Ronald Colman won his only Oscar for playing Anthony John, an actor who slowly descends into madness while playing Othello on the stage.
A Double Life is a terrific film noir that is extremely well-written and directed. The screenplay is really top-notch and ahead of its time, and some of the lines are really fantastic. I think the film would have deserved all of the Oscars it was nominated for, and I might even throw in a best picture nod. I always thought it had a relatively “modern” feel, as though it was made in the late 50s or around the 60s. And not to mention, the suspense in some scenes are highly remarkable, especially the Othello ones! All in all, it’s truly a quality piece that I highly recommend!
I guess if we were to mention the part of an artist descending into madness, people would instantly mention Natalie Portman’s fantastic turn in Black Swan (2010), but I guess not many people nowadays would know that such a role was also brought to life by Ronald Colman in 1947. Anthony John is one complex character, but he’s also constantly a mystery throughout the film. Yes, we get that he is this consummate artist who devotes himself a 100% to his roles, even when he is outside the theatre, but we don’t really know much about his personal back story. Colman always suggests that the guy was socially inept/had trouble fitting in with the others because of his inability to draw the line between fiction and reality. It’s amazing how his body language suggests so much about the character – the constant fidgeting/looking over the shoulders and the nervousness are all done so naturally, it’s as though Colman himself had fully inhibited the character. I loved how he also manages to give the character a sympathetic edge. I always felt sorry for him, even when he becomes increasingly murderous, and there’s no denying that he is a very sad character.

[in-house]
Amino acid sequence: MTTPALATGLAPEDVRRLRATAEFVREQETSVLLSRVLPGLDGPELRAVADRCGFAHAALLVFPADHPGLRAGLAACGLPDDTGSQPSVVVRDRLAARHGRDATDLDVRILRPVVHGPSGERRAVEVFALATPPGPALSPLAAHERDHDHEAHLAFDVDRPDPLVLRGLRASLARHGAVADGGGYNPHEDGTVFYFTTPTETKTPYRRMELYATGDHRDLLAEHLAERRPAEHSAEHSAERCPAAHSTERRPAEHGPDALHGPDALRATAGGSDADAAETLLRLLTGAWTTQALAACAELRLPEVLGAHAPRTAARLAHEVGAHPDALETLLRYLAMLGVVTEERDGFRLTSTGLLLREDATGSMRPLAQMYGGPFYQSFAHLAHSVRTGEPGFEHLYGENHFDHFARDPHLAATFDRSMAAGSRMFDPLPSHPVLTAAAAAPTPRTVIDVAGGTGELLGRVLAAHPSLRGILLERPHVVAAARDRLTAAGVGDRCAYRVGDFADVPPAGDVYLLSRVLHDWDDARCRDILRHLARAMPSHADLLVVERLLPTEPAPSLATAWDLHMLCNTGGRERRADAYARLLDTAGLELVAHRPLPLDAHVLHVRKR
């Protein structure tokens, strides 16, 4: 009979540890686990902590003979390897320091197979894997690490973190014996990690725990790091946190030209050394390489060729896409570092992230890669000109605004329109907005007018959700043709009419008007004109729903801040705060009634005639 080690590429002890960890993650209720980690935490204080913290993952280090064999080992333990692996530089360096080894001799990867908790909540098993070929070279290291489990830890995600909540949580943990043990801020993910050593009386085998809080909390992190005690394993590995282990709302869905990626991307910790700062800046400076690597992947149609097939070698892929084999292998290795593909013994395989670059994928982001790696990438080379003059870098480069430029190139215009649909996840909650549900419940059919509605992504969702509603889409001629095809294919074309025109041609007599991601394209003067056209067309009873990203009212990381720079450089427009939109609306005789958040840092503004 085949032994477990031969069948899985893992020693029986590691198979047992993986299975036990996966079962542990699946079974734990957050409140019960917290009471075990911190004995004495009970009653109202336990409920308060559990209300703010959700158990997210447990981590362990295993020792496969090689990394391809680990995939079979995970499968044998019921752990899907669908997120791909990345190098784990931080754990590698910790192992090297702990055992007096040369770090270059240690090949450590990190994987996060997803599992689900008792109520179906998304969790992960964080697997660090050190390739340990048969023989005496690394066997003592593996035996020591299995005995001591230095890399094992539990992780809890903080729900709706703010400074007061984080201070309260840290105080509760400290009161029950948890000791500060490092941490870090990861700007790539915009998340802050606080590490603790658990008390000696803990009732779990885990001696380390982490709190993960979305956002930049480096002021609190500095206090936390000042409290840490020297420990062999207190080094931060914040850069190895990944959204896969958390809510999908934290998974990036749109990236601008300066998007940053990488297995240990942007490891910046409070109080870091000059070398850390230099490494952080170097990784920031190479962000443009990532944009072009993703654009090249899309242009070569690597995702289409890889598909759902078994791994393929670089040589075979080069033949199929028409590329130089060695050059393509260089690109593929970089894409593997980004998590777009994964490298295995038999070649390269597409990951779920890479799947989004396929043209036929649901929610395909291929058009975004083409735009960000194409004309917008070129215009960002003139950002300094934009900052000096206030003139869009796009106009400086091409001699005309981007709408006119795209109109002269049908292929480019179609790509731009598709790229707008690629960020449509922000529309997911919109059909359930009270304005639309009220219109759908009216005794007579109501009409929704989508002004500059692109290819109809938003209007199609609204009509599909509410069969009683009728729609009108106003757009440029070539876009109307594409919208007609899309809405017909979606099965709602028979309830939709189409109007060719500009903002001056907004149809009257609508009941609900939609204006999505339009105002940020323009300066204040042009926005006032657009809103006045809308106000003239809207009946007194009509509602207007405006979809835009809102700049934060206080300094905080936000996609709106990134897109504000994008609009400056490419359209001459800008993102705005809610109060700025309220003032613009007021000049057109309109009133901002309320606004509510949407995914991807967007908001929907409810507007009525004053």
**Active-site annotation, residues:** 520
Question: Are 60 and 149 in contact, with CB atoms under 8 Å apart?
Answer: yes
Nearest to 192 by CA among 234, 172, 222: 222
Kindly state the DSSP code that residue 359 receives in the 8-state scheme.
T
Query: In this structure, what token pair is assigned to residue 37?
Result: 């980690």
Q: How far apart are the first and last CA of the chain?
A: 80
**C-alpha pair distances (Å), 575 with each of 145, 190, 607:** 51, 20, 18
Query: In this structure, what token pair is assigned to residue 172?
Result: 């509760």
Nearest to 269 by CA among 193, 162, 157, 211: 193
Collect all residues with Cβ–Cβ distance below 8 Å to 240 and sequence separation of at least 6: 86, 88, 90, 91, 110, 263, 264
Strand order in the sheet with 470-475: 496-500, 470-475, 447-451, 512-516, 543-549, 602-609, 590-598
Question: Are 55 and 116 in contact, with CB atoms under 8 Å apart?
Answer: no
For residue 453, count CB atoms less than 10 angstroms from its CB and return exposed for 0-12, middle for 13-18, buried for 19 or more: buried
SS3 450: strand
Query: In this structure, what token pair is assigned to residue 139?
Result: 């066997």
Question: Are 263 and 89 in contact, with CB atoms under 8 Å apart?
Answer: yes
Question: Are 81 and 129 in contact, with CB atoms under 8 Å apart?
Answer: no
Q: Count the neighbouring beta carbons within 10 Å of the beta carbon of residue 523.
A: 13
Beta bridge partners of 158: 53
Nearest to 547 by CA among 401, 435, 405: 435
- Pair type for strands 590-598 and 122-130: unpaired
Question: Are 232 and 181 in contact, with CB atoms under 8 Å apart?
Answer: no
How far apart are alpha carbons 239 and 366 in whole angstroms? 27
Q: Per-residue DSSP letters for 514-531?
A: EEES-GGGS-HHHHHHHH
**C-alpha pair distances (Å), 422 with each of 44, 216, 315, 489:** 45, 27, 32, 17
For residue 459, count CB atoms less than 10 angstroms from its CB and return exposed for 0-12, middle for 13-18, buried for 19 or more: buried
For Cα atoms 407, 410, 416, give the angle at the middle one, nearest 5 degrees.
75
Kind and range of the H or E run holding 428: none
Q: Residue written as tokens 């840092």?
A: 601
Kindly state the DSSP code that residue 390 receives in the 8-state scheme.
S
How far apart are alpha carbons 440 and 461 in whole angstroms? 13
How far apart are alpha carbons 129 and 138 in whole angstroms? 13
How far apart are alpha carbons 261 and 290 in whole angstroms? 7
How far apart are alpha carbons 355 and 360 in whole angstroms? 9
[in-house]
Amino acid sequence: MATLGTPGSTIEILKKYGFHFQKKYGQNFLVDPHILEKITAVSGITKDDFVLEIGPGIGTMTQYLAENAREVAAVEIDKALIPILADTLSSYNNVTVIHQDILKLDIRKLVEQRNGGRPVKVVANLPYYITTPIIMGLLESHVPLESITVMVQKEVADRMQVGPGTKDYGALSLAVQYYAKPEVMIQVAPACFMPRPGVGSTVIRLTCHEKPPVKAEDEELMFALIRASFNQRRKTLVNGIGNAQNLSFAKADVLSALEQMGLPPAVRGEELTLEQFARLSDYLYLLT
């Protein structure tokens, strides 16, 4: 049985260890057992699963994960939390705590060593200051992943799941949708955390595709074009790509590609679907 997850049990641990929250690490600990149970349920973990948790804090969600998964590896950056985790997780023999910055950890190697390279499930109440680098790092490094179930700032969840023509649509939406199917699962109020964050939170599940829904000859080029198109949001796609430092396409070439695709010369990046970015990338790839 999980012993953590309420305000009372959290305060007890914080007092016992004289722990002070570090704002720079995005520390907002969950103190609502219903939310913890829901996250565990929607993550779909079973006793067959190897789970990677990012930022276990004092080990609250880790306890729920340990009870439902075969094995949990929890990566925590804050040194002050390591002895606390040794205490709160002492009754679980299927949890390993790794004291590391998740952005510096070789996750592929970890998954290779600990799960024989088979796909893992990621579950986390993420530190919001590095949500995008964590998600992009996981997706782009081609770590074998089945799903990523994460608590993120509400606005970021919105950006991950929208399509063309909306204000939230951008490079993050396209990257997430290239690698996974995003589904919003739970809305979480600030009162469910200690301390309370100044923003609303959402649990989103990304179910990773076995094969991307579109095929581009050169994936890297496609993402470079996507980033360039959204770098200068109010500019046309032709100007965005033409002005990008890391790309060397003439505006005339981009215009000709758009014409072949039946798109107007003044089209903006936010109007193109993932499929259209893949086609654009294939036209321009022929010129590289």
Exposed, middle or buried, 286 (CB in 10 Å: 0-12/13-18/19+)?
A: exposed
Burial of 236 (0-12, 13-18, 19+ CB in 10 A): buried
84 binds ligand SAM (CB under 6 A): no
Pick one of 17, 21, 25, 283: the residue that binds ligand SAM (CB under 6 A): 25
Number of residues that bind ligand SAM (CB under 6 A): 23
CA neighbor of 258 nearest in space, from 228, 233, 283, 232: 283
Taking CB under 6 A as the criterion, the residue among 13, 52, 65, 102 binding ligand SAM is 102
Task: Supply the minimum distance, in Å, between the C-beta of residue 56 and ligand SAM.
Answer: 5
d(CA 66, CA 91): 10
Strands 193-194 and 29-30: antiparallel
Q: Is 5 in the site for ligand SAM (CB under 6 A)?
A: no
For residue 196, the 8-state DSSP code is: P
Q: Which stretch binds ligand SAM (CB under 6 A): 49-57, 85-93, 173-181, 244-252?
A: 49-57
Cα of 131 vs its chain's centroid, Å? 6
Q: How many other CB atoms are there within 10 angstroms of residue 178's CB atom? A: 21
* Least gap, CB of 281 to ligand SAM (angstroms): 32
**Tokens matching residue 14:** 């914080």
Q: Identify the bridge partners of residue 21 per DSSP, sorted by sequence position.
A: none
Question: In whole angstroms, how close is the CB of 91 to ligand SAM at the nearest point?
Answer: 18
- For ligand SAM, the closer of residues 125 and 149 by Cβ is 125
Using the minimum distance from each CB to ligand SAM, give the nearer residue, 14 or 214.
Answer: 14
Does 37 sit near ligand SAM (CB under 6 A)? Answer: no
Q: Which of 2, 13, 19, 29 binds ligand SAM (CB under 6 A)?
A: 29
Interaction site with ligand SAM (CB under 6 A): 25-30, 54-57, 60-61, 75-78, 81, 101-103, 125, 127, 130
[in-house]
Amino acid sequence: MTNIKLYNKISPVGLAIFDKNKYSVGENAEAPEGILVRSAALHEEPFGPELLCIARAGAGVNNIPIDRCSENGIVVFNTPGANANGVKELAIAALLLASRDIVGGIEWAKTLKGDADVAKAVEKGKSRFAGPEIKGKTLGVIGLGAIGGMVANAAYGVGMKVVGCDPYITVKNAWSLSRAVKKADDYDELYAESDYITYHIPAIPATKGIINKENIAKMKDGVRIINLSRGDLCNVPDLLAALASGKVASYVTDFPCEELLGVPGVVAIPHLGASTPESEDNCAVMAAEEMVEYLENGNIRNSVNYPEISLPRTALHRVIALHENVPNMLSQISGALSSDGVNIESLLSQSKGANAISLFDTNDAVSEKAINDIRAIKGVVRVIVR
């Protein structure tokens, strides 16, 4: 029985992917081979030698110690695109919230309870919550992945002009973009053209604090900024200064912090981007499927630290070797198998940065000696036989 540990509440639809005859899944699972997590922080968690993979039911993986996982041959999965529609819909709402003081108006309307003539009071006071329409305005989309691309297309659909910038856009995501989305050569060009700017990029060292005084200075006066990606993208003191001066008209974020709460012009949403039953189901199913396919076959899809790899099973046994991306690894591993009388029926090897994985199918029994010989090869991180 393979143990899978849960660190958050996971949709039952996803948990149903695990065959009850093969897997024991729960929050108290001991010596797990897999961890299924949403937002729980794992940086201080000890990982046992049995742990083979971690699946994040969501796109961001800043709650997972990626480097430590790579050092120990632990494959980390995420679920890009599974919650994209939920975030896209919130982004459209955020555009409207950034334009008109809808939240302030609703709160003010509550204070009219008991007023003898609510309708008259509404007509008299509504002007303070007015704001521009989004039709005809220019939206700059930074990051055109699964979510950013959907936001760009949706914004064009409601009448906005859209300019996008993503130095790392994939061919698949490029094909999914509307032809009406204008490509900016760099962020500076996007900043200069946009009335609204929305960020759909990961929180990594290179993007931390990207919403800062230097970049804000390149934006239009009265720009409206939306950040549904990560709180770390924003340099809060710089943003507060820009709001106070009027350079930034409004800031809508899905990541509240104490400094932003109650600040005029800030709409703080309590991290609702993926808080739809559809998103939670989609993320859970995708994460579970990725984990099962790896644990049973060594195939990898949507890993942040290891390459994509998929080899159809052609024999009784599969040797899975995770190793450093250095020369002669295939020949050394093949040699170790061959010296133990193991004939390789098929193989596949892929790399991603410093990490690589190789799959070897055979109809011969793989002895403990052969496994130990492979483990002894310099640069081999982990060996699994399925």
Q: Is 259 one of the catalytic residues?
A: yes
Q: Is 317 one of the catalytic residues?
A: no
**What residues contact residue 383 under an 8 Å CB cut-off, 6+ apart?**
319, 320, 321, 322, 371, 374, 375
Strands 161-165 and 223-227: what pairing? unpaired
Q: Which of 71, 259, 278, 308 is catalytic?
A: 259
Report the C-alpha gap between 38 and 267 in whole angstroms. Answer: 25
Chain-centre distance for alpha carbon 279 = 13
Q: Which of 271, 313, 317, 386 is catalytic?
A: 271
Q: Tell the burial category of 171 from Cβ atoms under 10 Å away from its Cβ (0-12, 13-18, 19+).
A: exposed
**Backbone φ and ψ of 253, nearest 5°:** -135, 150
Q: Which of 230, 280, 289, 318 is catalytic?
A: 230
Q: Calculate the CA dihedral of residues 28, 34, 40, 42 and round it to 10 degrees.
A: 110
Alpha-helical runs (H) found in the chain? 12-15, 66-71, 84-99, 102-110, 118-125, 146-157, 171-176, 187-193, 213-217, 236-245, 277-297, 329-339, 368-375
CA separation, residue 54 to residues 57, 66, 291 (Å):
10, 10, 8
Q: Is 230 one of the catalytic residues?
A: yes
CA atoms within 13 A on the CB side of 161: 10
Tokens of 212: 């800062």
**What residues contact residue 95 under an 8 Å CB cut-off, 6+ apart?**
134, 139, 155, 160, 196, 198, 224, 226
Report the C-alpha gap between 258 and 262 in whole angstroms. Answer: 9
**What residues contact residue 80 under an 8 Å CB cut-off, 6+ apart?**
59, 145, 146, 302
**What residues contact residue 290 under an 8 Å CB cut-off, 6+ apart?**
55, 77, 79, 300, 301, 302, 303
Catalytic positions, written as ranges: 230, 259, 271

The relationship between him and Brita (Signe Hasso) is also another fascinating aspect of the performance. Colman has nice chemistry with Hasso, and you can always sense how much affection both characters have for one another. The relationship is a strange one, in a sense that both characters obviously love one another but they simply cannot be together because of Anthony’s weird working style. Both actors really excel here, bringing this complex relationship to life.
The “Oscar” scenes are when Anthony slowly descends into madness, and Colman is absolutely fantastic here. Amazingly , he doesn’t go all hysterical with the character’s insanity, but uses a subtle approach instead to portray the character’s madness. His use of his eyes are especially effective. There’s one particular scene where he confronts Brita about her relationship with Bill, and you could see that particular moment where his eyes just “snap” – fantastic. Throughout the performance, Colman never goes overboard with the character’s craziness, but he still successfully shows how he is slipping deeper and deeper into insanity. I especially loved how he showed the character’s reaction when he was slipping in and out of the character, like when he hears the music or his lines playing in his head. Colman was certainly a charming actor, but at the same time he shows how Anthony can be a very disturbing person to be around with.
Ronald Colman’s Oscar win is generally considered one of the more deserving ones, and yet I feel like his win is bordering on the underrated side given how it’s rarely mentioned nowadays. But it doesn’t matter, I was pleasantly surprised by how fantastic his work was. A truly deserving winner, and perhaps one of my favourites in this category!